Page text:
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Publication numberUS20060002043 A1
Publication typeApplication
Application numberUS 11/109,628
Publication dateJan 5, 2006
Filing dateApr 20, 2005
Priority dateApr 30, 2004
Also published asCA2506007A1, US7639461
Publication number109628, 11109628, US 2006/0002043 A1, US 2006/002043 A1, US 20060002043 A1, US 20060002043A1, US 2006002043 A1, US 2006002043A1, US-A1-20060002043, US-A1-2006002043, US2006/0002043A1, US2006/002043A1, US20060002043 A1, US20060002043A1, US2006002043 A1, US2006002043A1
InventorsNicholas DiSalvo, Steve Campolo
Original AssigneeDisalvo Nicholas L, Steve Campolo
Export CitationBiBTeX, EndNote, RefMan
External Links: USPTO, USPTO Assignment, Espacenet
Overcurrent protection for circuit interrupting devices
US 20060002043 A1
Abstract
The present invention is directed to current interrupting devices with overcurrent protection. In one embodiment, a ground fault circuit interrupter (GFCI) is disclosed having both ground fault and overcurrent protection. The GFCI has a current detection circuit that includes a switch connected across the load phase terminal and the line neutral terminal of the device. A comparator compares a predefined threshold voltage to a sensed voltage based on a current through the line and load neutral terminals of the device. If the sensed voltage exceeds the predefined threshold, the comparator causes the switch to conduct thereby tripping the device, disconnecting the load from the line terminals and preventing the overcurrent condition from causing damage to the device and/or load.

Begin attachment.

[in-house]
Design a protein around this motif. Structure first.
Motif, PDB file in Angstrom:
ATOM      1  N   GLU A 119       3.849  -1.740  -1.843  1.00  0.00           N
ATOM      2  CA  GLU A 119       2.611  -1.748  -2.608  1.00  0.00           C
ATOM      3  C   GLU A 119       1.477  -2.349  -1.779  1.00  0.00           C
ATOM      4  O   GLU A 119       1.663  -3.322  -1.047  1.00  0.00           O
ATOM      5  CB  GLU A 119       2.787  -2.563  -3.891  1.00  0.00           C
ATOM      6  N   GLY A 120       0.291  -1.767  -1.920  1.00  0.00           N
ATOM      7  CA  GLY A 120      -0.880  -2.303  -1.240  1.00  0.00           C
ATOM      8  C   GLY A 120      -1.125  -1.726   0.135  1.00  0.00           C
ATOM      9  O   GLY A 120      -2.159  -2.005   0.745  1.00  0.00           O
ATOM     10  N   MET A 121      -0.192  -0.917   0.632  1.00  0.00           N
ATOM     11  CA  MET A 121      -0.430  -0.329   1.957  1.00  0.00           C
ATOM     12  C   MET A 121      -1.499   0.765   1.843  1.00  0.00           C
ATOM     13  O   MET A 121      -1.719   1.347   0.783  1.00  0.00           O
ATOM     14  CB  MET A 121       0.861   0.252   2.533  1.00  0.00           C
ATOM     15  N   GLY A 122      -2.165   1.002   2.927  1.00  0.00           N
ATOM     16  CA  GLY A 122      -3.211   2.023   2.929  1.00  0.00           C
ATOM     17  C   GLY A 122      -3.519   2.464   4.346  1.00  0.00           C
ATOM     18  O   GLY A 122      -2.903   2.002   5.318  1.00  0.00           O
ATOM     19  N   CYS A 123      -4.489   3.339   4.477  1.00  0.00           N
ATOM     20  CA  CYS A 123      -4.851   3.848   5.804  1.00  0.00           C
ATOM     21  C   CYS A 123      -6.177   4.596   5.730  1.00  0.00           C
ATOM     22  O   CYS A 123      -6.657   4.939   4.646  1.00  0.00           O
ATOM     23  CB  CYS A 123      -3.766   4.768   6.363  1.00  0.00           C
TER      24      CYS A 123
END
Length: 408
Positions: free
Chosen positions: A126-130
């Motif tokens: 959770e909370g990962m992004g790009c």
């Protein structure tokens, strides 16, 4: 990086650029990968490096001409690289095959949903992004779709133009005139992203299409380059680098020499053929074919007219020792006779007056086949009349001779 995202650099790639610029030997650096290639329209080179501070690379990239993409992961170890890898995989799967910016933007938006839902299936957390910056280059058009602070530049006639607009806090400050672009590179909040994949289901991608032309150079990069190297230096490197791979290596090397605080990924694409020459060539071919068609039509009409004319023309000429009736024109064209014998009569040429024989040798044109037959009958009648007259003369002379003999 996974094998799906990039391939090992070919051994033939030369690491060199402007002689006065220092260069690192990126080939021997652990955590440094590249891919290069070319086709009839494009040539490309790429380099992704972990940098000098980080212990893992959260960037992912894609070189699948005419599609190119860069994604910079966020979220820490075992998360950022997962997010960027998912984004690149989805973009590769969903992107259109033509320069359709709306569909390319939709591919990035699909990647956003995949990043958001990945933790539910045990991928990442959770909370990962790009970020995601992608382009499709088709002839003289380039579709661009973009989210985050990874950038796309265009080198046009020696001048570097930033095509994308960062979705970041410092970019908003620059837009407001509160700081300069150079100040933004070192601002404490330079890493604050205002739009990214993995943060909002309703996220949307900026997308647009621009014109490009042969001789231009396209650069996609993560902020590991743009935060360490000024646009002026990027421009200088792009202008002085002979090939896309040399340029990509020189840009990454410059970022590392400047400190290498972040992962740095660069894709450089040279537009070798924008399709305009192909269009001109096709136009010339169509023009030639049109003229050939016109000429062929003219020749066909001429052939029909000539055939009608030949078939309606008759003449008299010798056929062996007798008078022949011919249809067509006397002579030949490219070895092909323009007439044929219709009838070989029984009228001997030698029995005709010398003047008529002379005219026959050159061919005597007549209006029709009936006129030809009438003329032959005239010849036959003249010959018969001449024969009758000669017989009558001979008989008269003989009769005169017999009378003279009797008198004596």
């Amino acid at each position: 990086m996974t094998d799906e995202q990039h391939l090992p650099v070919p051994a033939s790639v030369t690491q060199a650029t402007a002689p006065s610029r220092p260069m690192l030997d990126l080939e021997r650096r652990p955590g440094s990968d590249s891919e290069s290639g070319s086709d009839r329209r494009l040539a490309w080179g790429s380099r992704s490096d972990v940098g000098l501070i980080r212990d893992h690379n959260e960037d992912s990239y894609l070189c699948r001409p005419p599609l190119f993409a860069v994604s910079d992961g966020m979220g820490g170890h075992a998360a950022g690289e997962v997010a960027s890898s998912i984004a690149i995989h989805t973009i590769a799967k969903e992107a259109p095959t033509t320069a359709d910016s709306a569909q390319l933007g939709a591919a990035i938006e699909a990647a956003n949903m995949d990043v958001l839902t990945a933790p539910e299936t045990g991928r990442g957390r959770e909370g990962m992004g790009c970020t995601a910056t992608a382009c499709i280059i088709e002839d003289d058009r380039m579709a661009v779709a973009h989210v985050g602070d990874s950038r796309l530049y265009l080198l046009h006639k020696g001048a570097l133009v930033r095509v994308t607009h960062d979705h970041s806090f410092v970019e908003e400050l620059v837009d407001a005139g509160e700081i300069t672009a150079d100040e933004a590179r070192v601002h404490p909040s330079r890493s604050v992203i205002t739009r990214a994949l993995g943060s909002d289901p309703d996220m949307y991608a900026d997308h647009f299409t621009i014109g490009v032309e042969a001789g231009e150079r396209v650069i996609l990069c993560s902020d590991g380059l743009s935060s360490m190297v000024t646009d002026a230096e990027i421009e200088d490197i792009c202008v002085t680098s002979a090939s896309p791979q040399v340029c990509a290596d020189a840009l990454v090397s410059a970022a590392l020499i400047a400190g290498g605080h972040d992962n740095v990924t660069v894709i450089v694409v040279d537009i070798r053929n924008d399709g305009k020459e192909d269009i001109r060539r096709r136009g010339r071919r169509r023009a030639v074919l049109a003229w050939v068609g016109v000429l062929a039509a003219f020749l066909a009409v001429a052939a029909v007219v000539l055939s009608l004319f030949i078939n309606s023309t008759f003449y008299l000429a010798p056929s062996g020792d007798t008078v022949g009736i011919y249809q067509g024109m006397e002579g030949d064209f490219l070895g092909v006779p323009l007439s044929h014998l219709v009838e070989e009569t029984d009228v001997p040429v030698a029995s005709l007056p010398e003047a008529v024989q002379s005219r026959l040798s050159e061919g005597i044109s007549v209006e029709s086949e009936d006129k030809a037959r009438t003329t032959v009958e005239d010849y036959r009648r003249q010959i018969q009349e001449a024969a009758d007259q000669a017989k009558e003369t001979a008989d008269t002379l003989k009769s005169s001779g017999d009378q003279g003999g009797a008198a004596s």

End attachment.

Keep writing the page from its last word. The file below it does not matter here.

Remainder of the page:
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Claims(20)
1. A ground fault circuit interrupter (GFCI) device having a current detection circuit for providing overcurrent protection, where the current detection circuit comprises:
a switch coupled across the line side neutral terminal and the load side phase terminal of the device; and
a comparator that compares a predefined threshold voltage to a sensed voltage based on a current through the line and load neutral terminals, and based on the results of the comparison, makes the switch conduct causing the device to be tripped.
2. The device of claim 1 further comprising a direct current (DC) power supply derived from the device for powering the comparator.